In an earlier article we discussed how to prepare Water Soluble (Powder) Fertilizers for use with fertigate automatic fertilizers and provided a formula to assist you to mix powder fertilizers in appropriate ratios for use in an automatic fertilizing system.
After reading the blog, Andrea an avid gardener, contacted us and rightly pointed out that some powder fertilizers reach saturation when mixing and can be difficult or impossible to totally dilute. In response to Andrea’s query we discuss below several methods that can be used to assist in the mixing of powder fertilizers which have reached soluble saturation levels.
Some powder fertilizers can be comparatively easy to mix in summer, yet nearly impossible to totally dilute it in Autumn or Winter, depending on your local conditions at the time.
Summer water temperatures are warmer (particularly on a hot day) than say Autumn or Winter, and warm water makes it easier to dilute fertilizer powder.
The earlier discussion paper included an example using an excellent powder fertilizer available in Australia called "Miracle-Gro® MaxFeed All Purpose Plant Food". In the example, 200 scoops of powdered fertilizer were mixed with 4L of water to create a concentrated liquid fertilizer. This concentrated liquid fertilizer was then to be used in conjunction with a fertigate automatic fertilizer system.
Whilst the above powdered fertilizer can be mixed at the nominated concentration, it can be difficult to achieve complete dilution if cool water is used. We have noticed that water temperatures below say 15°C can be troublesome to totally dilute the powdered fertilizers.
Not all powder fertilizers prove troublesome to mix at low water temperatures, but if you come across this problem there are several solutions you may like to consider.
In the “Miracle Gro” example we assumed fertilizer concentrate would be delivered at a rate of 50ml/10L and then calculated the quantity of powdered fertilizer scoops required. This lead to mixing 200 scoops of powdered fertilizer with 4L of water. As stated above, problems diluting this concentration may be experienced if the water is cool.
Whilst there are most likely numerous methods to solve the dilution problem, some of the ones we know are:
Perhaps the easiest solution is to decrease the fertilizer concentration. This will mean that a larger volume of fertilizer concentrate would be required for the automatic fertilizer system.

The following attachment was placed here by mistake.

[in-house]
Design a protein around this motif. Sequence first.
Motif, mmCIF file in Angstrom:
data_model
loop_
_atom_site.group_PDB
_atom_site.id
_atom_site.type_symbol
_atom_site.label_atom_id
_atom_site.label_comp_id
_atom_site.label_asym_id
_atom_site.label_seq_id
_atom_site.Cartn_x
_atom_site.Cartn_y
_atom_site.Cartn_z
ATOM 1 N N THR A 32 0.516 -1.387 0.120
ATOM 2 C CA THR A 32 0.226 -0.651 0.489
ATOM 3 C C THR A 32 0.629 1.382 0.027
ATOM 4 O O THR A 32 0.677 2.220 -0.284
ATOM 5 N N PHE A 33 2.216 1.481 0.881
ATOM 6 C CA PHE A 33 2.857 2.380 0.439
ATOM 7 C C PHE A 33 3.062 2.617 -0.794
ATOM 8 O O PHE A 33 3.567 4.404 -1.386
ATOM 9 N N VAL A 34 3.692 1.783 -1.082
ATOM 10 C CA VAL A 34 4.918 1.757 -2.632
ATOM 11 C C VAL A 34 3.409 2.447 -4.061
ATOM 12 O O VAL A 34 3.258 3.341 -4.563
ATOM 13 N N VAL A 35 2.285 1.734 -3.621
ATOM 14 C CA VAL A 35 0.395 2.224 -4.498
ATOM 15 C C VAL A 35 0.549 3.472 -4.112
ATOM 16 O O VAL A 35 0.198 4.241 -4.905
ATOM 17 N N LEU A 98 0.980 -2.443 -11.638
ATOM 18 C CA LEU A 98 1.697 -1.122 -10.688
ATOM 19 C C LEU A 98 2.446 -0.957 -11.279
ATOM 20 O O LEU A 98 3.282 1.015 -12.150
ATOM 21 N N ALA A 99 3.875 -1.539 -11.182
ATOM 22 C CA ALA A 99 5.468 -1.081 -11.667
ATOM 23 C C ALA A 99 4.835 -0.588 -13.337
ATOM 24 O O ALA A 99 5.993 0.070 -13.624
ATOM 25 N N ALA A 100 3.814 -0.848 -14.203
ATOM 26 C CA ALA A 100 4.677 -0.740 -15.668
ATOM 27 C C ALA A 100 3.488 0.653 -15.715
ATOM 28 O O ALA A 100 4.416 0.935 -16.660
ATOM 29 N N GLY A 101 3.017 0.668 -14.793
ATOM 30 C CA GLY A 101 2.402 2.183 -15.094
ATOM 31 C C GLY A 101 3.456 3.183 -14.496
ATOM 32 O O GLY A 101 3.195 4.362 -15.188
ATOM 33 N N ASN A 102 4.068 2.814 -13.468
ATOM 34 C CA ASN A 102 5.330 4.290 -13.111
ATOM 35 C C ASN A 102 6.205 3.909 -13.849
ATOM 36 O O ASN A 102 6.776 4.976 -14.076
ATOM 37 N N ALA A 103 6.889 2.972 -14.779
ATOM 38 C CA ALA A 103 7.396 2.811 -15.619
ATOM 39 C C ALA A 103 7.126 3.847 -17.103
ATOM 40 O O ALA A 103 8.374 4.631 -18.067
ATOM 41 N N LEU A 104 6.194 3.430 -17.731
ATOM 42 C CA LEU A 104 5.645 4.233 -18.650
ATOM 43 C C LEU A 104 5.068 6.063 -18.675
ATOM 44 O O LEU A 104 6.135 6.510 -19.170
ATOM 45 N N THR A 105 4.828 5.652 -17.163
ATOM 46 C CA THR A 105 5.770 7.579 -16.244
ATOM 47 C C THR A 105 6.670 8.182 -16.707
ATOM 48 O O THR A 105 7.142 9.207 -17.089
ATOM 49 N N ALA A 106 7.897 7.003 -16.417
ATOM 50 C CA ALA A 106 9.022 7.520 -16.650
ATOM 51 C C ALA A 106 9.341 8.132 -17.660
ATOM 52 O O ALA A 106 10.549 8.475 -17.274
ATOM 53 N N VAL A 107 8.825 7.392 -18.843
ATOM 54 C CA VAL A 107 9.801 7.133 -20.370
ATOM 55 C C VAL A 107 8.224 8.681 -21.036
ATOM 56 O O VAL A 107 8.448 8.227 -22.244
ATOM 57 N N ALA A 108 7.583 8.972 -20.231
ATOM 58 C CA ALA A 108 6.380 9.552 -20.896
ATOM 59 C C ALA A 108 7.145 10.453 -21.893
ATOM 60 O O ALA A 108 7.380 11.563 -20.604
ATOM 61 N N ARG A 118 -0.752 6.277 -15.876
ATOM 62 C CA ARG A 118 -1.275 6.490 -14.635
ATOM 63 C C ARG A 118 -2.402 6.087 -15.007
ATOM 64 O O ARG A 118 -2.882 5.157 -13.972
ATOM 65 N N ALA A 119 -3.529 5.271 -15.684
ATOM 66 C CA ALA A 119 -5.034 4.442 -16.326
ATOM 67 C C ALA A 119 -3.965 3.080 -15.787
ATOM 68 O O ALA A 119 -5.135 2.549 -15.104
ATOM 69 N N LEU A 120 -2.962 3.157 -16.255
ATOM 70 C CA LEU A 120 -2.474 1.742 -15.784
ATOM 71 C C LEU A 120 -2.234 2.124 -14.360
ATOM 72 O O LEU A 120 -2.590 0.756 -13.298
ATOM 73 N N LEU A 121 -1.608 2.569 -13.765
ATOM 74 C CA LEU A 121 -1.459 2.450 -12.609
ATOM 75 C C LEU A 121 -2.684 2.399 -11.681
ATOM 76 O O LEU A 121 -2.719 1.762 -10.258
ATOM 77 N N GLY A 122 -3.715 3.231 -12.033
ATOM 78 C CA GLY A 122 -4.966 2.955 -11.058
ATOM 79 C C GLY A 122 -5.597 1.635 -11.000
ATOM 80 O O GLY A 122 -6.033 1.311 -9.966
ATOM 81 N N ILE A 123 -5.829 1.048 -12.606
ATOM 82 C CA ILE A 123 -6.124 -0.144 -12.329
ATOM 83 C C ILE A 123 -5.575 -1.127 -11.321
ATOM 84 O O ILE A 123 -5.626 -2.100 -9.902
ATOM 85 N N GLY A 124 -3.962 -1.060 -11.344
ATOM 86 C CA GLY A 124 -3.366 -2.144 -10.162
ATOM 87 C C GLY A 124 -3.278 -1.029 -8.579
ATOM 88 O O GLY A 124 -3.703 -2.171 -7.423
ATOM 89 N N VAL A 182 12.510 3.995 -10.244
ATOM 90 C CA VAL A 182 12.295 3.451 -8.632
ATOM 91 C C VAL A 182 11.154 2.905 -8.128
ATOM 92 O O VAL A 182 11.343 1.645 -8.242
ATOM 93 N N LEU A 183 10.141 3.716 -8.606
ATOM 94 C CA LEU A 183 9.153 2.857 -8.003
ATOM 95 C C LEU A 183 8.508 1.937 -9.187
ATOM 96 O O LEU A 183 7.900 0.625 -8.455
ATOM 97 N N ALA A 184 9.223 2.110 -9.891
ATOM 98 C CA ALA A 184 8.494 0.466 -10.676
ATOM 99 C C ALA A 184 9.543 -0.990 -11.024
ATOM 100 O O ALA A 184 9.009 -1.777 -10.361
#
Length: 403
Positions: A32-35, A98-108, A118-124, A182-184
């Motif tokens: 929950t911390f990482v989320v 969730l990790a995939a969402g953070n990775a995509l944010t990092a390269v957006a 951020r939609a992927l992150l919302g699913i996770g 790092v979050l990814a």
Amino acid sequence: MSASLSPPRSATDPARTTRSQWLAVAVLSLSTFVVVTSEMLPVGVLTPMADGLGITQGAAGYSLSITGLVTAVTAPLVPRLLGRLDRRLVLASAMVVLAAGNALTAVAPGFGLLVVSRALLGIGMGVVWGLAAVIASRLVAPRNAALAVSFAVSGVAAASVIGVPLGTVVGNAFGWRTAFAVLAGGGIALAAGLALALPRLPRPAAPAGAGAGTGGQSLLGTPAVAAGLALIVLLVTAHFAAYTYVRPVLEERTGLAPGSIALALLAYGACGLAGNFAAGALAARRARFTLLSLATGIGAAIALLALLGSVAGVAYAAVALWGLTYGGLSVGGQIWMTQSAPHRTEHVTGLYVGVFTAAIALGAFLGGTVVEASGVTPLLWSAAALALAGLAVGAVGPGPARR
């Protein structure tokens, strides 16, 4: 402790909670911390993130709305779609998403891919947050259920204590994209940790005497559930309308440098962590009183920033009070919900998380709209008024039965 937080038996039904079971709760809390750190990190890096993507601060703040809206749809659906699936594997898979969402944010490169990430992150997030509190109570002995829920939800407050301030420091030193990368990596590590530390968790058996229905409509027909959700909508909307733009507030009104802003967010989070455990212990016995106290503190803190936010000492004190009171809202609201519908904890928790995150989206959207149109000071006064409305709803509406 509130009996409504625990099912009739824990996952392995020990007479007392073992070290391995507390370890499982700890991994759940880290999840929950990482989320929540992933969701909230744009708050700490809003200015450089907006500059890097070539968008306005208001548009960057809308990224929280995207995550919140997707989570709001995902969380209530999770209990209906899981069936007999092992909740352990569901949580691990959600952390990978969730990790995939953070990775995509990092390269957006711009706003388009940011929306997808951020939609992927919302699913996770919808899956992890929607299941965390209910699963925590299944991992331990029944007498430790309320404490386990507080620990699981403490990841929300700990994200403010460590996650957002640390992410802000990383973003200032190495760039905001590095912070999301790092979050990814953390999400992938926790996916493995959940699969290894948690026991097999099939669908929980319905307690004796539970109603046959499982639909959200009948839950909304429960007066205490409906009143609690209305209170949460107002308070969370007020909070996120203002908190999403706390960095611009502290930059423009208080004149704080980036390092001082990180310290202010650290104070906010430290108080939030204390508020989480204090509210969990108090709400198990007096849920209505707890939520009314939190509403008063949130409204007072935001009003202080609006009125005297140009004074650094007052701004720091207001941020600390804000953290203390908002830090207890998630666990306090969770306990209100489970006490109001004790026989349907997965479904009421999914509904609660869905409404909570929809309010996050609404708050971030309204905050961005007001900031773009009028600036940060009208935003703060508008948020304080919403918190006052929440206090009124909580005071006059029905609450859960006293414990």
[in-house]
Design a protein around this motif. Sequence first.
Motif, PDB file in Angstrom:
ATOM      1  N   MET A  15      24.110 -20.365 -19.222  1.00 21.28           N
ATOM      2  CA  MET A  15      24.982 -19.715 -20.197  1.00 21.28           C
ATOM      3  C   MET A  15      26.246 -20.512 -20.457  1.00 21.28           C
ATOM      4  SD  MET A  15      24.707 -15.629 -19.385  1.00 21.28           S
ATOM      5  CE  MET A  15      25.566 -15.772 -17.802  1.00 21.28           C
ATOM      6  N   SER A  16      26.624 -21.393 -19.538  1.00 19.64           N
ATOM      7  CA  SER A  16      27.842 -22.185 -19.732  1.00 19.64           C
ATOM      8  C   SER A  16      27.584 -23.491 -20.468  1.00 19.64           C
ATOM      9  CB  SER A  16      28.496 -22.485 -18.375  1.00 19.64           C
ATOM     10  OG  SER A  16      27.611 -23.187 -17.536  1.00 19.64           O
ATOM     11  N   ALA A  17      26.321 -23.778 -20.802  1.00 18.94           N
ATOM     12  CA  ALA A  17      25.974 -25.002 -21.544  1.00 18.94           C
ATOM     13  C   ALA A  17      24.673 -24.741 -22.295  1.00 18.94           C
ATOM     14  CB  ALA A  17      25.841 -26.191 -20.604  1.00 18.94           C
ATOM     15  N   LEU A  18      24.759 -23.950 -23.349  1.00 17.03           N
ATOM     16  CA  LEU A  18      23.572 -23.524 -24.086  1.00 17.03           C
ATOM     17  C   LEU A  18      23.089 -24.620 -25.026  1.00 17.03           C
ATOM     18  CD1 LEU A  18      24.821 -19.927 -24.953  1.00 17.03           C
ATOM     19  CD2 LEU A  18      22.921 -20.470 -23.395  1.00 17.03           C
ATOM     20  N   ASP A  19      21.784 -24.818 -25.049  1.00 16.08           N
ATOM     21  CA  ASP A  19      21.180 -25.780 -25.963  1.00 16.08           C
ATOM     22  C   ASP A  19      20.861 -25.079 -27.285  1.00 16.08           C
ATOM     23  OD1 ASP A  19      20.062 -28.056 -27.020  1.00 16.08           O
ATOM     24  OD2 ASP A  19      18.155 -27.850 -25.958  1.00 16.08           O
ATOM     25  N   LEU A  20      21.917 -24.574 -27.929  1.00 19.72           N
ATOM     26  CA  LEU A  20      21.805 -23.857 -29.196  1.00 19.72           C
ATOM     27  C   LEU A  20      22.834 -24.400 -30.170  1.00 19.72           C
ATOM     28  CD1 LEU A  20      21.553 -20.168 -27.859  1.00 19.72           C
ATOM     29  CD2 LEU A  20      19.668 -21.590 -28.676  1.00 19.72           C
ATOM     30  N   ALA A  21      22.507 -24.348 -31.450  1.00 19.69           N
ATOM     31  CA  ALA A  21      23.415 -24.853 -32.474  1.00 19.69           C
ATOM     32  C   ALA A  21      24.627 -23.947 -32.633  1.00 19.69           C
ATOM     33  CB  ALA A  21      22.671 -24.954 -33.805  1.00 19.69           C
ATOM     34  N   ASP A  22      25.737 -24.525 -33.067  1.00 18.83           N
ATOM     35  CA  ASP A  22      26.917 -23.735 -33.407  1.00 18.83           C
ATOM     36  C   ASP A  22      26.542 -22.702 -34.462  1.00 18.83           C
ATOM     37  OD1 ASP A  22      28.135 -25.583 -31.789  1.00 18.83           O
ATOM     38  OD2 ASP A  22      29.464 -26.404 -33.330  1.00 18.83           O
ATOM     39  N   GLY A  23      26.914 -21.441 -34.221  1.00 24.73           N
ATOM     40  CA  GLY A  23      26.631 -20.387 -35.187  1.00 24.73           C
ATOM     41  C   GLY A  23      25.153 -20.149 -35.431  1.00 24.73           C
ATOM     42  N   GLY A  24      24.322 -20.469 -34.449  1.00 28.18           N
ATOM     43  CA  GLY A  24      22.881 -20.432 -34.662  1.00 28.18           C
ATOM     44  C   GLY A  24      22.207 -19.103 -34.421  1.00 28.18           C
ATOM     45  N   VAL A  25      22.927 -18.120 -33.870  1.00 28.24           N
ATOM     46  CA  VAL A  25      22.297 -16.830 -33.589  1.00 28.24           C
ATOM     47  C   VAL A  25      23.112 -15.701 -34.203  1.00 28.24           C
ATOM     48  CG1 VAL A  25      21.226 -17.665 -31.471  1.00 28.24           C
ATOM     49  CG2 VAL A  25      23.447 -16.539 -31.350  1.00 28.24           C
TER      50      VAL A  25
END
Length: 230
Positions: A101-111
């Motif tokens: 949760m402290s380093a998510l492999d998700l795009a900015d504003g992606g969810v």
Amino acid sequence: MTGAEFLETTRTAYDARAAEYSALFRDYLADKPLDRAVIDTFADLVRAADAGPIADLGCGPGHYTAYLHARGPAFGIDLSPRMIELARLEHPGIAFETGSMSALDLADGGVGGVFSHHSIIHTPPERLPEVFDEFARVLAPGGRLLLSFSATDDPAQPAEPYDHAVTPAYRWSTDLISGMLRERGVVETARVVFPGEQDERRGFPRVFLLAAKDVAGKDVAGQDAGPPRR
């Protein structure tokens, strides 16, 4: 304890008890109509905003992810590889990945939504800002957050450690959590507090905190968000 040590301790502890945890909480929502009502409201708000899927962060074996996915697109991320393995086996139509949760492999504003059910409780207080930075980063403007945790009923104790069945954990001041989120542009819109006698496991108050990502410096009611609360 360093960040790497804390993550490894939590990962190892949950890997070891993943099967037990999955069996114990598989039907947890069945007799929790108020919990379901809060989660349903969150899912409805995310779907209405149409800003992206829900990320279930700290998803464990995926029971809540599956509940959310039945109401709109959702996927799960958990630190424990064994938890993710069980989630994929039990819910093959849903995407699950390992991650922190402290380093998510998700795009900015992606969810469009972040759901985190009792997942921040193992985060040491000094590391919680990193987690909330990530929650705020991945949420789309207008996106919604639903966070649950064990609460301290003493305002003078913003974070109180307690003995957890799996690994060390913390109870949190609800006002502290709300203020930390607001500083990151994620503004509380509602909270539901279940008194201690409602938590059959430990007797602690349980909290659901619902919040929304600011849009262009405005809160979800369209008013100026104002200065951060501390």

By way of example, instead of 50ml / 10L fertilizer concentrate ratio, assume 75ml / 10L of fertilizer concentrate will be consumed by the automatic fertilizer unit.
Therefore, our fertilizer concentrate would be comprised of 133 scoops of powder fertilizer being added to 4L of water as follows:
If you have already added 200 scoops to 4L of water and found a significant amount of powder undiluted and precipitating at the bottom of your mixing container all is not lost !!! You can still dilute the fertilizer in a similar manner as above by simply adding water so that the proportion of fertilizer concentration is equivalent to 75ml / 10L
To create a concentration of 75ml / 10L we need to add more water to that you have already added 200 scoops of powder fertilizer.
In total we would require (75ml/50ml) x 4L = 6L and therefore, add a further 2L of water.
Store the mixed fertilizer concentrate in an airtight container clearly labelled as to the contents and that it should be used with a fertigate automatic fertilizer at a rate of 75ml/10L (in this example).
If your water temperature is low eg 10°C or lower and an amount of powder remains undissolved, you may consider increasing the mixture / water temperature to say 25 or 30°C. This can be easily achieved by placing your mixing container in a laundry tub filled with hot water at that approximate temperature. [As a handy hint, don’t fill the laundry tub water level higher than the fertilizer level in your container or it may tip over].
When your fertilizer mixture has warmed, stir and completely dissolve the fertilizer concentrate.
Store the mixed fertilizer concentrate in an airtight container clearly labelled as to the contents and that it should be used with a fertigate automatic fertilizer at a rate of 50ml/10L (in this example).
It is probable that your fertilizer concentrate will remain mixed. However, it is good practice to stir it before use. In an extreme rare instance (eg cold climate) you may need to heat the fertilizer concentrate back to circa 20°C prior to use to ensure all precipitate is fully dissolved.
You may also need to stir the concentrated fertilizer while it is being consumed.
Whilst there will undoubtedly be some powder fertilizers which cannot be made into a liquid concentrate for use in an automatic fertilizer, these will hopefully be few and far between.
We trust the above is of assistance if you find a powder fertilizer difficult to dilute and thank Andrea again for raising this topic.
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